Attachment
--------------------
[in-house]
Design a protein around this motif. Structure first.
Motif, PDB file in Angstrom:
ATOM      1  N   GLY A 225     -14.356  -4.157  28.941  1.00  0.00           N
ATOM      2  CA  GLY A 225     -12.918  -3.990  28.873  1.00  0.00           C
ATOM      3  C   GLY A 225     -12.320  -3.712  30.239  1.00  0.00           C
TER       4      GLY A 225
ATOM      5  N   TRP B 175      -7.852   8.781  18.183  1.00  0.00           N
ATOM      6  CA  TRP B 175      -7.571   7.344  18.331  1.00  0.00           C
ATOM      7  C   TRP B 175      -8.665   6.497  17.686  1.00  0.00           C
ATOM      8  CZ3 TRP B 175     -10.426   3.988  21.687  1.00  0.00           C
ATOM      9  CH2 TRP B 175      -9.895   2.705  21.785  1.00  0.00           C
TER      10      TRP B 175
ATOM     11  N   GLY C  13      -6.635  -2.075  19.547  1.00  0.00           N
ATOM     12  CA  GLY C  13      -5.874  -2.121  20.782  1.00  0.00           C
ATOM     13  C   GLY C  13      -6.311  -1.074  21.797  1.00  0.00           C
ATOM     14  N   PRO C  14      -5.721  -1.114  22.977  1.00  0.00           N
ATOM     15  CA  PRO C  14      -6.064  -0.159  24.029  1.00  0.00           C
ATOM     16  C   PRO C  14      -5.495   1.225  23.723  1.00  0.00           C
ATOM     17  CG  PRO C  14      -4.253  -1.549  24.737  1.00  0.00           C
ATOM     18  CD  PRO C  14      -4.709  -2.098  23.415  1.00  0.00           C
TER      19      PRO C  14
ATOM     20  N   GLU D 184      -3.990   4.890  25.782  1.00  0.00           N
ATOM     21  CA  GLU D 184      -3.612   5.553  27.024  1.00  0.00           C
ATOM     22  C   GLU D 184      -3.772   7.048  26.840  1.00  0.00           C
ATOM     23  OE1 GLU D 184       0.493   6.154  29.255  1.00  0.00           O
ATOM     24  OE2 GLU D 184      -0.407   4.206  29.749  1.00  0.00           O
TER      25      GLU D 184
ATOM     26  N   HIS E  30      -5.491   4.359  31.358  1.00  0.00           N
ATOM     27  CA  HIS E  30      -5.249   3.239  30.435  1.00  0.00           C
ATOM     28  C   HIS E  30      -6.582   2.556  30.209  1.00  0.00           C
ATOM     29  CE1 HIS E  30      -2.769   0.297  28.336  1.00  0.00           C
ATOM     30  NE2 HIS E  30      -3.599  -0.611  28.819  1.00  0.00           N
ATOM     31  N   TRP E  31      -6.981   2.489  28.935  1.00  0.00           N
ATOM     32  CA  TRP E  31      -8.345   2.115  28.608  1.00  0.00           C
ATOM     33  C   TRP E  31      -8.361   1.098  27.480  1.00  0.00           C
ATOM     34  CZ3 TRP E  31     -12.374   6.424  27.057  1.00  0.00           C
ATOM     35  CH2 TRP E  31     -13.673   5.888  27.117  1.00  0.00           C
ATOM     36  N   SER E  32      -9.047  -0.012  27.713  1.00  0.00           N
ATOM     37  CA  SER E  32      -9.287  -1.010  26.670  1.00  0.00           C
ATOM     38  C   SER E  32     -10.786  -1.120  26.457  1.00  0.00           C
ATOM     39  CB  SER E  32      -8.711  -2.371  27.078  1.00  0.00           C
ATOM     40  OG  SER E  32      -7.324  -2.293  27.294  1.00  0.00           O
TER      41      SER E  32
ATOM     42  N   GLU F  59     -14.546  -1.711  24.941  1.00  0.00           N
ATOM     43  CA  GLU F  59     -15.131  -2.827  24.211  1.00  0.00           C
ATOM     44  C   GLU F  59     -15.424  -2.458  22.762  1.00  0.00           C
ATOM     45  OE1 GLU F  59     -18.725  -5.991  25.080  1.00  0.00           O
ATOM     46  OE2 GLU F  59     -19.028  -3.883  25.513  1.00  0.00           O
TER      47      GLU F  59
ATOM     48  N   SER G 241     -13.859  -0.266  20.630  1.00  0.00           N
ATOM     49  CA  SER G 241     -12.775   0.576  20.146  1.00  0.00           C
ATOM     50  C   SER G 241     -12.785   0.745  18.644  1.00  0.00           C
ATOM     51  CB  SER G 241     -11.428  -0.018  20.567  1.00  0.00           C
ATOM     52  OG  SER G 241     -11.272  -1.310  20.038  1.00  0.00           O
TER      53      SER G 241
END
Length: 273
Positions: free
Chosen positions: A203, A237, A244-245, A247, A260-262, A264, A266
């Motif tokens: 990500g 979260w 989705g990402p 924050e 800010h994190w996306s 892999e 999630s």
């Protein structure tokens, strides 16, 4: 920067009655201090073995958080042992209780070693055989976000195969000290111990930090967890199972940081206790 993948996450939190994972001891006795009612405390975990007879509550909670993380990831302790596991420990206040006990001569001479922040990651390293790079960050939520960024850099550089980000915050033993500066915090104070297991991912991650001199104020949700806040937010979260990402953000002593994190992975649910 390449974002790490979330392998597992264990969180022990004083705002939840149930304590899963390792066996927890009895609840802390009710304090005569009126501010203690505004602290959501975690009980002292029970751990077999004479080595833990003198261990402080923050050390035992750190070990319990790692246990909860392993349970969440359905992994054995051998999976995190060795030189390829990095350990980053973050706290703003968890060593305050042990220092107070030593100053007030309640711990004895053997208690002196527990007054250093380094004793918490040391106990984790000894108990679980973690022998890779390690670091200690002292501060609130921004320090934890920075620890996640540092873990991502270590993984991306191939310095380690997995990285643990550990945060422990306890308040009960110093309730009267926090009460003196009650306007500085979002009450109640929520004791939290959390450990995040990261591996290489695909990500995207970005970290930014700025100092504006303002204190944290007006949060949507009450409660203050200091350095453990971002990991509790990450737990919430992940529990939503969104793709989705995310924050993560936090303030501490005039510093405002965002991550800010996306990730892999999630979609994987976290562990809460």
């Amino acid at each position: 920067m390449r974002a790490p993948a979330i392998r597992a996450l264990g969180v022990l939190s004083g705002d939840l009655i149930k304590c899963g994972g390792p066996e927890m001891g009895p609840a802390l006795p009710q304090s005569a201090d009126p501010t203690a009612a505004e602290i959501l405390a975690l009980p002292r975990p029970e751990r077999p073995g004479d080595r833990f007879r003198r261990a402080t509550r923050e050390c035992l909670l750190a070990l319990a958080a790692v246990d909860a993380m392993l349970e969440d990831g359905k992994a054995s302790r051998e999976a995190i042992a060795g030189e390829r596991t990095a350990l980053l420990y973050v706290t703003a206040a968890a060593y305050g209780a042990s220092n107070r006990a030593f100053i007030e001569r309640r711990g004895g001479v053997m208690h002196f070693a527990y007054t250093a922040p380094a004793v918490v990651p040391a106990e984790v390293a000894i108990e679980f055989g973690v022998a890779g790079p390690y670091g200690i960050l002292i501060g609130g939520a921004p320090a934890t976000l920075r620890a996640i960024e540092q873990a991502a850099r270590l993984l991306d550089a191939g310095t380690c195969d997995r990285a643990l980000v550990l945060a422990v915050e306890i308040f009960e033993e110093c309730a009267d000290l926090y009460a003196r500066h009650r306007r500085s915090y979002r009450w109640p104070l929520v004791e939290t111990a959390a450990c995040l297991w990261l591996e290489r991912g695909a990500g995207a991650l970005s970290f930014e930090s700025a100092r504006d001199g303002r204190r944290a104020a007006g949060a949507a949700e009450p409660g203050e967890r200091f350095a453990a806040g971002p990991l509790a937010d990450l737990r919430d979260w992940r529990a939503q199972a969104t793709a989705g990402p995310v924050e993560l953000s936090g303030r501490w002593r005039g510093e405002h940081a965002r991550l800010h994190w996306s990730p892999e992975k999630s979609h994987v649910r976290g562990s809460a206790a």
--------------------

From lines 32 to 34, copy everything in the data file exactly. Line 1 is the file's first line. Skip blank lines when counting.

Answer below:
ATOM     29  CE1 HIS E  30      -2.769   0.297  28.336  1.00  0.00           C
ATOM     30  NE2 HIS E  30      -3.599  -0.611  28.819  1.00  0.00           N
ATOM     31  N   TRP E  31      -6.981   2.489  28.935  1.00  0.00           N